On Tuesday evening, January 19, 2021, I was privileged to listen to an on-line lecture by the Great Joseph Pearce, as he was introduced. Sponsored by the Institute of Catholic Culture, the talk was the first in a two-part series on G.K. Chesterton’s The Everlasting Man (1925). As Dr. Pearce has something of a reputation as a Chesterton scholar, I expected to hear something that might deepen my understanding of this unique individual. Not that all individuals aren’t unique, of course, but Chesterton made a career of it.
|Doctor Pearce Disappoints|
Cutting to the chase, I was badly disappointed. Not by Dr. Pearce’s performance, of course. Frankly, anyone engaged in effective education — especially in our short-attention-span age — has to be something of a showman, if only to hold his or her own in competition with 140-character pronouncements from our purported leaders. As a lecturer, Dr. Pearce delivered.
It was Dr. Pearce’s analysis of The Everlasting Man that I found more than a little lacking. Of course, I realize that many Chestertonians probably agree with Dr. Pearce’s reading of Chesterton’s book and its importance and place in his body of work.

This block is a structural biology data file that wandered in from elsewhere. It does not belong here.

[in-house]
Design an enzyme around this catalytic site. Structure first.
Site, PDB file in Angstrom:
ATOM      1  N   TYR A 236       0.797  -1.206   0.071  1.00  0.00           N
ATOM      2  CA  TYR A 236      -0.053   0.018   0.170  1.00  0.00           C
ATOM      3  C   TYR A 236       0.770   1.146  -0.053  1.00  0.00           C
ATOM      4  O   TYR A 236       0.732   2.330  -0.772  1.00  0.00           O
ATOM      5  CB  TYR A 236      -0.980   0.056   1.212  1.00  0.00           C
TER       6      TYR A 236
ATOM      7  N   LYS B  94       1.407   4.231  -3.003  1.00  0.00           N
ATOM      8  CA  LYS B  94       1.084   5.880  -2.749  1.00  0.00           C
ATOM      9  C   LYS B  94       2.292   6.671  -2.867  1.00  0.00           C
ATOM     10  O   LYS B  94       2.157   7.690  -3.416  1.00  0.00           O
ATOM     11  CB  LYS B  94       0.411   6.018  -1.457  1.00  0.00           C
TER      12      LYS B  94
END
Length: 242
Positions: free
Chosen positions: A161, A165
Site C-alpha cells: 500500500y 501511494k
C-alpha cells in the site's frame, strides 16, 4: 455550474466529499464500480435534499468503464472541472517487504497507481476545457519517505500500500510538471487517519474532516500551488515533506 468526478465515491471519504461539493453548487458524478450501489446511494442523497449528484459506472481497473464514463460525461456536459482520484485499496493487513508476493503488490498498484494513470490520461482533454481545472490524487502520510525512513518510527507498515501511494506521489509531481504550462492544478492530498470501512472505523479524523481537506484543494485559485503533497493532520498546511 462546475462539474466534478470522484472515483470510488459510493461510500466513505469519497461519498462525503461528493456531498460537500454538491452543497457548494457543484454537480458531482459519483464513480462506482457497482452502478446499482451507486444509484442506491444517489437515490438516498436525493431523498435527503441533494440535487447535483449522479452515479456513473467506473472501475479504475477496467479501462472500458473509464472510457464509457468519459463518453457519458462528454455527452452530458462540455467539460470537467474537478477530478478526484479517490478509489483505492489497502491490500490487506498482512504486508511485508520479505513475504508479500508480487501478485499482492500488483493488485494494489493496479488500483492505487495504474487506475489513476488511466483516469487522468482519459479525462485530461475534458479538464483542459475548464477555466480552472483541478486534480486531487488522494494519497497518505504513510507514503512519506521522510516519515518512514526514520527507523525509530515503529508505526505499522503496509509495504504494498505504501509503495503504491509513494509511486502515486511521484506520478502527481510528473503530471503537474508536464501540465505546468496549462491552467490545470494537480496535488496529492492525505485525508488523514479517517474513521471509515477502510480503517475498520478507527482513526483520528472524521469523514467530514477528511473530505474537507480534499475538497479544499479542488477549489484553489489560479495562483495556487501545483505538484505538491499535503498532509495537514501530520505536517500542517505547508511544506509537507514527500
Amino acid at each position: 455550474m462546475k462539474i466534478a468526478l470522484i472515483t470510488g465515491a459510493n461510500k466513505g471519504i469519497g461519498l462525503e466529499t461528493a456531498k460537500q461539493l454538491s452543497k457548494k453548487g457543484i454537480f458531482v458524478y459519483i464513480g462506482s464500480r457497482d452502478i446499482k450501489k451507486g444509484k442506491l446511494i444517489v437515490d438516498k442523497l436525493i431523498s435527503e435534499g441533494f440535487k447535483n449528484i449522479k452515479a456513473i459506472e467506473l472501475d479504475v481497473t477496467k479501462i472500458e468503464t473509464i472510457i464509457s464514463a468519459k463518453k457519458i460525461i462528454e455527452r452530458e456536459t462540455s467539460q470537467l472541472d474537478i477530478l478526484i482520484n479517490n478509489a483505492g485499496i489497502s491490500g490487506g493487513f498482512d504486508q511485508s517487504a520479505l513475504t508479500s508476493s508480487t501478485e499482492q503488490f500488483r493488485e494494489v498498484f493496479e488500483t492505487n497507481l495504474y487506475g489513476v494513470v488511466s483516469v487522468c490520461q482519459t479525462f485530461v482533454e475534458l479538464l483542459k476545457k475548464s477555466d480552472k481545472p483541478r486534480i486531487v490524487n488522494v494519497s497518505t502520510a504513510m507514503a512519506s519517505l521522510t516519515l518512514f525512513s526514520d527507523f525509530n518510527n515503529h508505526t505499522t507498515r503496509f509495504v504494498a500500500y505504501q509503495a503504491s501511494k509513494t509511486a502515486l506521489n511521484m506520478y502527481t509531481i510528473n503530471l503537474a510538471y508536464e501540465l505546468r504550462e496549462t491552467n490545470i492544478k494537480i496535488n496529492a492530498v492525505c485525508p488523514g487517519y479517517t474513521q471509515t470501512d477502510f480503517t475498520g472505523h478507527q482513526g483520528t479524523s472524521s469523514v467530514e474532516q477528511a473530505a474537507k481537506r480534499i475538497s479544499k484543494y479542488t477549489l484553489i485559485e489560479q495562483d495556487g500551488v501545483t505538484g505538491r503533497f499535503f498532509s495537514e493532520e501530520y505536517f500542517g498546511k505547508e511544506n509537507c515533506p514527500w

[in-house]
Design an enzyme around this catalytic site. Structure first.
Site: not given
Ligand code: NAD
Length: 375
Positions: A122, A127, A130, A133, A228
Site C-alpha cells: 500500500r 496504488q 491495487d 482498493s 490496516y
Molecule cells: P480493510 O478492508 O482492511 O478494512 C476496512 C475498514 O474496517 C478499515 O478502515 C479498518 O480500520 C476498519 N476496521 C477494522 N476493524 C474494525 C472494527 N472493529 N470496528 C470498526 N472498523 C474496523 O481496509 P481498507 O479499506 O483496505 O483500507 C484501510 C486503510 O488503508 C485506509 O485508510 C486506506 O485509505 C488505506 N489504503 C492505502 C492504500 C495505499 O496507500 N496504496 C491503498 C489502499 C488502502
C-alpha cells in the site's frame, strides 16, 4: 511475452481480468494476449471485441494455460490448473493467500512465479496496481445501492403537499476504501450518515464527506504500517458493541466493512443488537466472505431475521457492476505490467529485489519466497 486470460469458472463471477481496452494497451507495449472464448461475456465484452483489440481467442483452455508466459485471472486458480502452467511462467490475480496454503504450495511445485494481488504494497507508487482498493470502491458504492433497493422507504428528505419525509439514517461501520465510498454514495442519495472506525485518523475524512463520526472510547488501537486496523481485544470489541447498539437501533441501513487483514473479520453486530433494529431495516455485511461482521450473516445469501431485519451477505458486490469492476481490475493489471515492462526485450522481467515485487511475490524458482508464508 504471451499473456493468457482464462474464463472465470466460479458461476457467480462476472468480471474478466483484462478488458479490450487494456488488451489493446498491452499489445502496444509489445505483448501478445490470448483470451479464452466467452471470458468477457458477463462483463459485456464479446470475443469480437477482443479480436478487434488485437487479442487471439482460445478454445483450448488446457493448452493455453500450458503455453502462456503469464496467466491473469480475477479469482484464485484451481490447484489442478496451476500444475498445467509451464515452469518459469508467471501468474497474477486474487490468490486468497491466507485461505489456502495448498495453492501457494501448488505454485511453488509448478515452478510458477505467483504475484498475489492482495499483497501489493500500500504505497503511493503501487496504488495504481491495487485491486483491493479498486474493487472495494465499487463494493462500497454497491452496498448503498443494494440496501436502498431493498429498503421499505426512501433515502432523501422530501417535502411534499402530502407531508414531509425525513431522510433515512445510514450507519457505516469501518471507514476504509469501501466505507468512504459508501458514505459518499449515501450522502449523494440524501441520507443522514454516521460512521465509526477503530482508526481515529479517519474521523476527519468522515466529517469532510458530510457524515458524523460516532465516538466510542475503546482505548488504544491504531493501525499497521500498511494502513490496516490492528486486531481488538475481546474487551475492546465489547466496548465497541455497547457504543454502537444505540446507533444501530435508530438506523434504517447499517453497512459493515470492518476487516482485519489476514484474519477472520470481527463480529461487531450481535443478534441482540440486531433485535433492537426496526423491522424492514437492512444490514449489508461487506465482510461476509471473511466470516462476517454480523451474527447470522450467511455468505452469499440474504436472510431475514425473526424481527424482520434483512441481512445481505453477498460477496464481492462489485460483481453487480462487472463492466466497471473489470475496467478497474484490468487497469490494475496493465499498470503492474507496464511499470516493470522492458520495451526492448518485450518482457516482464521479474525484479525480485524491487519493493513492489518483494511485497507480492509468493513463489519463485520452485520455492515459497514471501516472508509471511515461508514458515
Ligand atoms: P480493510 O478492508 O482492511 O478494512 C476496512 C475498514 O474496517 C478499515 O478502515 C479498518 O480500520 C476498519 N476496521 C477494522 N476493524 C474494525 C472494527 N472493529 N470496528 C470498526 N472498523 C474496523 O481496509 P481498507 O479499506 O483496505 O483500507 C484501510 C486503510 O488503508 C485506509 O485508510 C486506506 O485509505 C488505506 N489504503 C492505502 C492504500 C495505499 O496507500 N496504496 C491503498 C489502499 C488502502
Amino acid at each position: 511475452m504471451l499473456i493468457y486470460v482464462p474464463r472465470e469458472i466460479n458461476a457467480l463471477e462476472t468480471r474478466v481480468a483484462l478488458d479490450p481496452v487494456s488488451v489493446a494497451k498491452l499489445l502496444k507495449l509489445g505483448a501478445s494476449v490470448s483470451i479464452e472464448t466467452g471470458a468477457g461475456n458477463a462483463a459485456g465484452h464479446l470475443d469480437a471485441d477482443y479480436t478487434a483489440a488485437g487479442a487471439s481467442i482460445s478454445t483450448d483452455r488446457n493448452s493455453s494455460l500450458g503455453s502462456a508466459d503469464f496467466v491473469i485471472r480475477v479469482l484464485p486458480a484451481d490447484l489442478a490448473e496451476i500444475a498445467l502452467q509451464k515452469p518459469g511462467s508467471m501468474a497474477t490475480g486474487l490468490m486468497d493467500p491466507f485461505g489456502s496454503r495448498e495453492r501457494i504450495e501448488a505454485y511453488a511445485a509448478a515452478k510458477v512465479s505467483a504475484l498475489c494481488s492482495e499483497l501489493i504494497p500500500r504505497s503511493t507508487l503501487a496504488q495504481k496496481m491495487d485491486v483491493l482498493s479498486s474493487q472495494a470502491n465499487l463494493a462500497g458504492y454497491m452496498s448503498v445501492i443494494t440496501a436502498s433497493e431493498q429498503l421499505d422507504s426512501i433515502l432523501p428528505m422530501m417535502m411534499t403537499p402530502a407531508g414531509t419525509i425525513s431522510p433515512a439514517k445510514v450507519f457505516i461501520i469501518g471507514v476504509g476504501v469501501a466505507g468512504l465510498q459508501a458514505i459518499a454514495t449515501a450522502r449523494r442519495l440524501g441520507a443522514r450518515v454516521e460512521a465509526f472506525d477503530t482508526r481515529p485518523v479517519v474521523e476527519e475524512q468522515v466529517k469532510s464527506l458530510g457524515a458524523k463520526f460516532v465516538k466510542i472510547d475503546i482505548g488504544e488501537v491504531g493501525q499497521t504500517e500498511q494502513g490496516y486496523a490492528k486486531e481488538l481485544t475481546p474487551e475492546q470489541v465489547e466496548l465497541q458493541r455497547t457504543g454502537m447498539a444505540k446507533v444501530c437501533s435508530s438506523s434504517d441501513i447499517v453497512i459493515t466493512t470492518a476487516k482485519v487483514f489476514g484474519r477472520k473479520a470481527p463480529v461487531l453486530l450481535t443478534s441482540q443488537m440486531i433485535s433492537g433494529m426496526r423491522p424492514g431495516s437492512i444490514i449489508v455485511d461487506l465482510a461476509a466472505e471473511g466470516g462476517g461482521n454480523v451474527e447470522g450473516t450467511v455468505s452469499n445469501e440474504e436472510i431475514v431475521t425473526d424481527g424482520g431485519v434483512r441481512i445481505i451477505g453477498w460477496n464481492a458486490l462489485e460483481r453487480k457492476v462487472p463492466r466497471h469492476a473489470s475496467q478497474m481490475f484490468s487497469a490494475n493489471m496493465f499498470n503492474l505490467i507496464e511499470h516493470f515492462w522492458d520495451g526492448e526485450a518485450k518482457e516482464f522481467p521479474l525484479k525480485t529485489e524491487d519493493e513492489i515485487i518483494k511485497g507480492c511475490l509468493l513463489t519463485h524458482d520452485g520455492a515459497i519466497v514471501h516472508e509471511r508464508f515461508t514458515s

I have long been aware that my understanding of Chesterton differs radically from that of vetted and approved Chestertonians, some of whom have been, shall we say, vocal in their, er, grounds for disagreement. Others (such as Dr. Pearce) have remained completely silent, at least so far as speaking to me goes. I assume this is because they agree with me (qui tacit consentire videtur — silence gives consent), have no adequate response and so remain silent so as not to remove all doubt about being fools, or just plain don’t care one way or another, into which category I have tentatively placed Dr. Pearce. Or maybe I just drive them into an insensate fury so that they are rendered completely speechless. . . .